Published: 23rd February 2021
'Education budget slashed in two-thirds of poorer countries'
In comparison, only one-third of upper-middle and high-income countries have reduced their budgets, the report showed, adding that these budget cuts have been "relatively small thus far"
Despite additional funding needs, two-thirds of low- and lower-middle-income countries have cut their public education budgets since the onset of the Covid-19 pandemic, according to a new report. The Education Finance Watch 2021, jointly released by the World Bank and the United Nations Educational, Scientific and Cultural Organization (UNESCO), said that education budgets are not adjusting proportionately to the challenges brought about by Covid-19, especially in poorer countries, Xinhua news agency reported.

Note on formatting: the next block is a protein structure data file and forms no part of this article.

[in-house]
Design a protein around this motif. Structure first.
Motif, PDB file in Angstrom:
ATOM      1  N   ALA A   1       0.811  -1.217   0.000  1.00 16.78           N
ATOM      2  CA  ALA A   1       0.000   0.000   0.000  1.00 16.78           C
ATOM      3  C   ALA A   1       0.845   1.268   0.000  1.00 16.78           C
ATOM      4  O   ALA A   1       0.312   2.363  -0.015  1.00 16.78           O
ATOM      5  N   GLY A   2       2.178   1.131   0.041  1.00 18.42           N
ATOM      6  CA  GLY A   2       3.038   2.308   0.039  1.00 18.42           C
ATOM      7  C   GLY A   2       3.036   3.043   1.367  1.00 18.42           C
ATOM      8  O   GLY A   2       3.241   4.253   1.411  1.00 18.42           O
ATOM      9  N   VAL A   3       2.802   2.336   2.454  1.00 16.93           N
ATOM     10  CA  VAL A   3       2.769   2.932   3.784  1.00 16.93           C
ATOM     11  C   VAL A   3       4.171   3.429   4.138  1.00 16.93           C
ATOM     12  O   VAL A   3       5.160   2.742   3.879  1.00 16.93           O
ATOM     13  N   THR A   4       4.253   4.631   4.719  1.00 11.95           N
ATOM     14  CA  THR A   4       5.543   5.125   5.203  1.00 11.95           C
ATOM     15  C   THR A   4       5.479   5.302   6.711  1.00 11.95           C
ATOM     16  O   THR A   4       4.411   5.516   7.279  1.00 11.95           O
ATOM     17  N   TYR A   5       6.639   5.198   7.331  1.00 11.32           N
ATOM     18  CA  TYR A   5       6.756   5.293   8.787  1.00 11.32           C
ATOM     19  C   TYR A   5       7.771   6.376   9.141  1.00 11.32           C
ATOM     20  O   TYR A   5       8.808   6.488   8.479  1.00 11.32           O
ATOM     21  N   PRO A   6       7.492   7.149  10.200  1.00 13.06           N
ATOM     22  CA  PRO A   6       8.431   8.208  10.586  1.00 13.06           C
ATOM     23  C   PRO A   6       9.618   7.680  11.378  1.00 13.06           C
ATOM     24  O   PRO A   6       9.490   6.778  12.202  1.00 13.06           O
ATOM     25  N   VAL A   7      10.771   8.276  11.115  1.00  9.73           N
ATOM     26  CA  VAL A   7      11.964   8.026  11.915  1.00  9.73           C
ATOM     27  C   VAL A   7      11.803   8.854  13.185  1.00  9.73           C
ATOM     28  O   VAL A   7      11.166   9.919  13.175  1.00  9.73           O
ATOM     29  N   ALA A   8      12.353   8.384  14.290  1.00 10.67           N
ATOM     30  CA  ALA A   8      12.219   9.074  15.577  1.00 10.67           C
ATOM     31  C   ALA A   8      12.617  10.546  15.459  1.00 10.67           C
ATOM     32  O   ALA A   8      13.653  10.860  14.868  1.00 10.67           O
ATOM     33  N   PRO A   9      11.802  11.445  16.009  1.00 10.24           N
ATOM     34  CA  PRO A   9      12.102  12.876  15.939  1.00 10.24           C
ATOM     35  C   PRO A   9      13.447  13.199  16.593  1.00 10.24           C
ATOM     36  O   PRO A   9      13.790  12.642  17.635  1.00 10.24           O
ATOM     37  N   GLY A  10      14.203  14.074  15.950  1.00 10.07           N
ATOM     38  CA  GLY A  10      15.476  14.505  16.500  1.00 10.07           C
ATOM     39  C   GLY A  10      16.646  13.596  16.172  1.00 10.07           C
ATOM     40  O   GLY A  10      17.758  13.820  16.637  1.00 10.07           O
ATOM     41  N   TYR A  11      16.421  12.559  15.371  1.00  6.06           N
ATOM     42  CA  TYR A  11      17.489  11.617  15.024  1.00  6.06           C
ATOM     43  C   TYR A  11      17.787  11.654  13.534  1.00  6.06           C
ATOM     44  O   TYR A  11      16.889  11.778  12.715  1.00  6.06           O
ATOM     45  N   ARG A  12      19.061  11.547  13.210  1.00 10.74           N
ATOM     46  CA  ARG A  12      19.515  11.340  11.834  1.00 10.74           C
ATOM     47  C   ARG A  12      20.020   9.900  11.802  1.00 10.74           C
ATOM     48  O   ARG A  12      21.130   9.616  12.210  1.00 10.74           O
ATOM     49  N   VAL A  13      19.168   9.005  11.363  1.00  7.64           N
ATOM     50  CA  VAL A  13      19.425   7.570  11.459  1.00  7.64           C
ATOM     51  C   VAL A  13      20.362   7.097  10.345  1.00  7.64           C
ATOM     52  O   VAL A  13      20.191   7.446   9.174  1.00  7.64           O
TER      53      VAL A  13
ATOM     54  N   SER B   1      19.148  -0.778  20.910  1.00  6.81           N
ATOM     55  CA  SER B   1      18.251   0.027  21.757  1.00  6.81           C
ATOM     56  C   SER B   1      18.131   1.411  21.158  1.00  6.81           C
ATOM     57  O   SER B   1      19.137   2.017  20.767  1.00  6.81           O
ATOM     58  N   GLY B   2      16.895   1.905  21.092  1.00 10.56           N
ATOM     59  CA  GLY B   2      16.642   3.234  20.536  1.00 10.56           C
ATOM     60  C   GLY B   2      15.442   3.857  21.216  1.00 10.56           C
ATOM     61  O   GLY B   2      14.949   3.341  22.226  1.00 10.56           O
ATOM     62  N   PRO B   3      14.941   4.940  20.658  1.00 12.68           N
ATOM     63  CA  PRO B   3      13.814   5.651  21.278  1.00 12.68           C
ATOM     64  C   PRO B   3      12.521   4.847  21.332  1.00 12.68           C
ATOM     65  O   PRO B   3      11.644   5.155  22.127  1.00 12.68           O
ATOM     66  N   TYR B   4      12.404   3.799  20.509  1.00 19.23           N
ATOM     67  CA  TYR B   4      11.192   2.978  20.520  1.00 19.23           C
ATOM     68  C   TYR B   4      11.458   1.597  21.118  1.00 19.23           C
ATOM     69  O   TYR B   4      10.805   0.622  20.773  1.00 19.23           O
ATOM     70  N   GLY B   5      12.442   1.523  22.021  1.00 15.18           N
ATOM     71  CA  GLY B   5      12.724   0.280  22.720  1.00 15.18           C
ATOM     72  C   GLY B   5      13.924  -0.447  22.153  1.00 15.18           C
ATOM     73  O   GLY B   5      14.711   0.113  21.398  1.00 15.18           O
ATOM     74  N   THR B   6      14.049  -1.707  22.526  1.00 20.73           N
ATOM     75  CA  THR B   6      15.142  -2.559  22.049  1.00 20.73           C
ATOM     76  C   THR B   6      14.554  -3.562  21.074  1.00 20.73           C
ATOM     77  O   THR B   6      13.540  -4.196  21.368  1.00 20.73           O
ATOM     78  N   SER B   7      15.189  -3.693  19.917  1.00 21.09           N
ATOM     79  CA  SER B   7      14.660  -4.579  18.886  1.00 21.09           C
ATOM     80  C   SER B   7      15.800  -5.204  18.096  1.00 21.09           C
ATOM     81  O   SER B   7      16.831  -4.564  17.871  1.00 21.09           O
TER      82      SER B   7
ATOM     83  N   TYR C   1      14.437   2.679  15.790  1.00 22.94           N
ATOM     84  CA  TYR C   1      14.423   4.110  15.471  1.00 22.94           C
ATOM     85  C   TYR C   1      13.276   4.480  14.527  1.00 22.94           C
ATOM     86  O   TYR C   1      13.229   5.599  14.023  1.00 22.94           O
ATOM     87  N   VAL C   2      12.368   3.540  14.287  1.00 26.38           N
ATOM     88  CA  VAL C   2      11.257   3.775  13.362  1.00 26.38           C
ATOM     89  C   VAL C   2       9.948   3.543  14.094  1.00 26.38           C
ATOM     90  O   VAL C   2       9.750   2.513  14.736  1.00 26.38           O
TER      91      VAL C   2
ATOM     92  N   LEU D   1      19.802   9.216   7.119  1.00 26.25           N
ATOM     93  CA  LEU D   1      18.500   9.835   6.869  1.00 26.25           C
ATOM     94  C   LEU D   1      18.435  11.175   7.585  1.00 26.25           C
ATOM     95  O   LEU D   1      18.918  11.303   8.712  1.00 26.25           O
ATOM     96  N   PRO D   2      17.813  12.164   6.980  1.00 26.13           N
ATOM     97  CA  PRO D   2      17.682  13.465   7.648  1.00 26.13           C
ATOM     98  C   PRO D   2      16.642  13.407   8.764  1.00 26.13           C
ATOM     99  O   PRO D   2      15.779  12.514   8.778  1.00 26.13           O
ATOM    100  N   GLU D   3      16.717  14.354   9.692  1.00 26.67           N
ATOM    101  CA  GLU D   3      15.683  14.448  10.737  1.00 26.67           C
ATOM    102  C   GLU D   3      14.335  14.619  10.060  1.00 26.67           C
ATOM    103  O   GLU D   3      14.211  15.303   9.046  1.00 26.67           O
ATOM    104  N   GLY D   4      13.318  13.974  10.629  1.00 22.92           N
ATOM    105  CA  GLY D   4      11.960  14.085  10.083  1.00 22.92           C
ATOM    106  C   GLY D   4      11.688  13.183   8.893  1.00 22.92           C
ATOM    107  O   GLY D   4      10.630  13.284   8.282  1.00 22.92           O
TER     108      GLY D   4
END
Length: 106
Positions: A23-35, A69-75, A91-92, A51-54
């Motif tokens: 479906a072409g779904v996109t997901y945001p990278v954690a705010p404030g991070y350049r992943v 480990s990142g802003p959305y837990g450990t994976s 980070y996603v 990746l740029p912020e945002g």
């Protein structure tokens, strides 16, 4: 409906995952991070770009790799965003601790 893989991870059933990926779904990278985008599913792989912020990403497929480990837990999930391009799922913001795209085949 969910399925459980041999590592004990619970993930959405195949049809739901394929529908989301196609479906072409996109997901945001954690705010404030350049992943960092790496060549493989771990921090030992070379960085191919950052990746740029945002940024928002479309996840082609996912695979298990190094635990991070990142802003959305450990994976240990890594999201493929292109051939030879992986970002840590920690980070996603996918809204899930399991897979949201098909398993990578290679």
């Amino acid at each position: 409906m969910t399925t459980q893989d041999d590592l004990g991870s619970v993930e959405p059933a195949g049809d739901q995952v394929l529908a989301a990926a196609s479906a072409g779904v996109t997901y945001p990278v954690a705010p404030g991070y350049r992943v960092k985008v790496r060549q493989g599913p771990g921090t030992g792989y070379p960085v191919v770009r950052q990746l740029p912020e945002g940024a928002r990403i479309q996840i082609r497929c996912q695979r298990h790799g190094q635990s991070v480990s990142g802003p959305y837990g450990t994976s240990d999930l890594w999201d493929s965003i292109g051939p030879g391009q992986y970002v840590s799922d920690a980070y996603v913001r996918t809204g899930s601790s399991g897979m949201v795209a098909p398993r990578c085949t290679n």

In comparison, only one-third of upper-middle and high-income countries have reduced their budgets, the report showed, adding that these budget cuts have been "relatively small thus far." "But there is a danger that future cuts will be larger, as the pandemic continues to take its economic toll, and fiscal positions worsen," it added. The annual report noted that these differing trends imply a significant widening of the "already large spending disparities" seen between low- and high-income countries.
"The learning poverty crisis that existed before Covid-19 is becoming even more severe, and we are also concerned about how unequal the impact is," Mamta Murthi, World Bank vice president for human development, said in a statement. "External financing is key to support the education opportunities of the world's poorest," said Stefania Giannini, assistant director-general for education at UNESCO.
"Yet donor countries are likely -- and some have already begun -- to shift their budget away from aid to domestic priorities. Health and other emergencies are also competing for funds," Giannini said. "We foresee a challenging environment for countries reliant on education aid." UNESCO estimates that education aid may fall by $2 billion from its peak in 2020 and not return to 2018 levels for another six years.